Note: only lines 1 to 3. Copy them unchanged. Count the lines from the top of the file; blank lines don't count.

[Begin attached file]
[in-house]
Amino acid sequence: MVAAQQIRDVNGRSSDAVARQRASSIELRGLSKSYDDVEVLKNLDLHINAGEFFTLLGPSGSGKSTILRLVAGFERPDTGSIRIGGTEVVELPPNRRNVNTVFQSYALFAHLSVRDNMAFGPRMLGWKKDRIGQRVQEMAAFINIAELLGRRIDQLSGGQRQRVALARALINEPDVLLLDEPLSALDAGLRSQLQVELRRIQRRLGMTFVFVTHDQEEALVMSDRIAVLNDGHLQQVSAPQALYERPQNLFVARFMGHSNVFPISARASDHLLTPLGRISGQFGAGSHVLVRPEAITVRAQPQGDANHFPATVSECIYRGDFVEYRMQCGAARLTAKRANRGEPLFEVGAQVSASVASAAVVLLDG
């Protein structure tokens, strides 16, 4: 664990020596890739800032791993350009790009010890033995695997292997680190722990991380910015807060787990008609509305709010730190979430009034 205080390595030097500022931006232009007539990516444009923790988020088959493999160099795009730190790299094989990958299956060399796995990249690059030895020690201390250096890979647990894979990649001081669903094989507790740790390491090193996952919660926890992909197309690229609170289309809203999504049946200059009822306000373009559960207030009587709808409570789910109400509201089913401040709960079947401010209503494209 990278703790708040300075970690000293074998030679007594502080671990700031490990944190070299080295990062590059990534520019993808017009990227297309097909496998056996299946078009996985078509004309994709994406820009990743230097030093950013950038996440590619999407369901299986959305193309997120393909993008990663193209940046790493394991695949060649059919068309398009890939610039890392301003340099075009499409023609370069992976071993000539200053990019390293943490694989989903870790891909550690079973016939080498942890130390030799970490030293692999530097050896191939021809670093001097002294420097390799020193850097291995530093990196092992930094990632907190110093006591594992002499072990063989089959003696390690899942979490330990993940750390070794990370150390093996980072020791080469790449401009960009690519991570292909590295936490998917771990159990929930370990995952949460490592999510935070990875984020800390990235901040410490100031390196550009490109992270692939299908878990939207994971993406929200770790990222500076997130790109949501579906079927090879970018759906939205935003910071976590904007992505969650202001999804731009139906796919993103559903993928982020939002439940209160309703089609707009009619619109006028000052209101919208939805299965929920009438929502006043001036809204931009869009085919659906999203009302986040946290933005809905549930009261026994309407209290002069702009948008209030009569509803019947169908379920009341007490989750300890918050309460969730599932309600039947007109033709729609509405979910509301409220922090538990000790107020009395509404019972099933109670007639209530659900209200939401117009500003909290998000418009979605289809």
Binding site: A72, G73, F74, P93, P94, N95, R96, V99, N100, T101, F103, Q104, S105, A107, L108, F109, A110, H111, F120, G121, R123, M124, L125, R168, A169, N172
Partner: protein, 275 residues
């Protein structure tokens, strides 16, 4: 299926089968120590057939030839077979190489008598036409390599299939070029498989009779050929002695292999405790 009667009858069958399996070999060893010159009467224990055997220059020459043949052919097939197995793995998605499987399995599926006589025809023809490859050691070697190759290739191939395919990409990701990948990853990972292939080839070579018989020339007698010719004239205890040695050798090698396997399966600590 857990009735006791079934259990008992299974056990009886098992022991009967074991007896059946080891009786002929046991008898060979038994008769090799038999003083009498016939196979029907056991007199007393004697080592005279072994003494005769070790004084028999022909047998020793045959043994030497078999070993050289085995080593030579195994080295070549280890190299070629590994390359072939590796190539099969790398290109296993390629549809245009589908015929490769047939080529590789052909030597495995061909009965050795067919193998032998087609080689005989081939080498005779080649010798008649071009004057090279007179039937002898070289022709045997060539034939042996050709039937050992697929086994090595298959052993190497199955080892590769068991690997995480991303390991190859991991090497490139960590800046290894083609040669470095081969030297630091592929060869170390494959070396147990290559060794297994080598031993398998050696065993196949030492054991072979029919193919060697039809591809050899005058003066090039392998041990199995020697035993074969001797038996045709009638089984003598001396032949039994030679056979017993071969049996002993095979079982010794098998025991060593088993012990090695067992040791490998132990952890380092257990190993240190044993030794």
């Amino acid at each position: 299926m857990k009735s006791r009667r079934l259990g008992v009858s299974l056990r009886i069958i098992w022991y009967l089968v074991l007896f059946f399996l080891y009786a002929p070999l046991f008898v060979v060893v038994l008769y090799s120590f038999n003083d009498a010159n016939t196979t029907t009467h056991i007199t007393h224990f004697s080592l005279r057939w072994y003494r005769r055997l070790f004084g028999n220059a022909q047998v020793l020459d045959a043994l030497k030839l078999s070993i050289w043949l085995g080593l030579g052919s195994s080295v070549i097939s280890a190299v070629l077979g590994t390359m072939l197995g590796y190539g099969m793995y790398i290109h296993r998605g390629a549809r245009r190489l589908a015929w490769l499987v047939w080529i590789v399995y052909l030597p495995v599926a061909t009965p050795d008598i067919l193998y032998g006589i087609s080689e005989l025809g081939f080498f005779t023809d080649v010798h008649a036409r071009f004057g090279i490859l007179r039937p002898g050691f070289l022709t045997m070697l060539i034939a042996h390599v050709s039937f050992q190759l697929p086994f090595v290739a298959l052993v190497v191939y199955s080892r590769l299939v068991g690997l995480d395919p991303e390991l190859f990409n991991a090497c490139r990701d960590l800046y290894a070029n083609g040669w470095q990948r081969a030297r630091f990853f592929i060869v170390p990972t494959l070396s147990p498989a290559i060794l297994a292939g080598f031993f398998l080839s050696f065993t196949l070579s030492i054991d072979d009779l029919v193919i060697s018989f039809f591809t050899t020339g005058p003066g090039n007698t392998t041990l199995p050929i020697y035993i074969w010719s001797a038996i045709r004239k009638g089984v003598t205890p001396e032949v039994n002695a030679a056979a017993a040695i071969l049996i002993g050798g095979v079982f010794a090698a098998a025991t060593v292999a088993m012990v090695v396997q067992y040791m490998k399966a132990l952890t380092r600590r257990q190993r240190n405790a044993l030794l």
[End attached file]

[in-house]
Amino acid sequence: MVAAQQIRDVNGRSSDAVARQRASSIELRGLSKSYDDVEVLKNLDLHINAGEFFTLLGPSGSGKSTILRLVAGFERPDTGSIRIGGTEVVELPPNRRNVNTVFQSYALFAHLSVRDNMAFGPRMLGWKKDRIGQRVQEMAAFINIAELLGRRIDQLSGGQRQRVALARALINEPDVLLLDEPLSALDAGLRSQLQVELRRIQRRLGMTFVFVTHDQEEALVMSDRIAVLNDGHLQQVSAPQALYERPQNLFVARFMGHSNVFPISARASDHLLTPLGRISGQFGAGSHVLVRPEAITVRAQPQGDANHFPATVSECIYRGDFVEYRMQCGAARLTAKRANRGEPLFEVGAQVSASVASAAVVLLDG
């Protein structure tokens, strides 16, 4: 664990020596890739800032791993350009790009010890033995695997292997680190722990991380910015807060787990008609509305709010730190979430009034 205080390595030097500022931006232009007539990516444009923790988020088959493999160099795009730190790299094989990958299956060399796995990249690059030895020690201390250096890979647990894979990649001081669903094989507790740790390491090193996952919660926890992909197309690229609170289309809203999504049946200059009822306000373009559960207030009587709808409570789910109400509201089913401040709960079947401010209503494209 990278703790708040300075970690000293074998030679007594502080671990700031490990944190070299080295990062590059990534520019993808017009990227297309097909496998056996299946078009996985078509004309994709994406820009990743230097030093950013950038996440590619999407369901299986959305193309997120393909993008990663193209940046790493394991695949060649059919068309398009890939610039890392301003340099075009499409023609370069992976071993000539200053990019390293943490694989989903870790891909550690079973016939080498942890130390030799970490030293692999530097050896191939021809670093001097002294420097390799020193850097291995530093990196092992930094990632907190110093006591594992002499072990063989089959003696390690899942979490330990993940750390070794990370150390093996980072020791080469790449401009960009690519991570292909590295936490998917771990159990929930370990995952949460490592999510935070990875984020800390990235901040410490100031390196550009490109992270692939299908878990939207994971993406929200770790990222500076997130790109949501579906079927090879970018759906939205935003910071976590904007992505969650202001999804731009139906796919993103559903993928982020939002439940209160309703089609707009009619619109006028000052209101919208939805299965929920009438929502006043001036809204931009869009085919659906999203009302986040946290933005809905549930009261026994309407209290002069702009948008209030009569509803019947169908379920009341007490989750300890918050309460969730599932309600039947007109033709729609509405979910509301409220922090538990000790107020009395509404019972099933109670007639209530659900209200939401117009500003909290998000418009979605289809």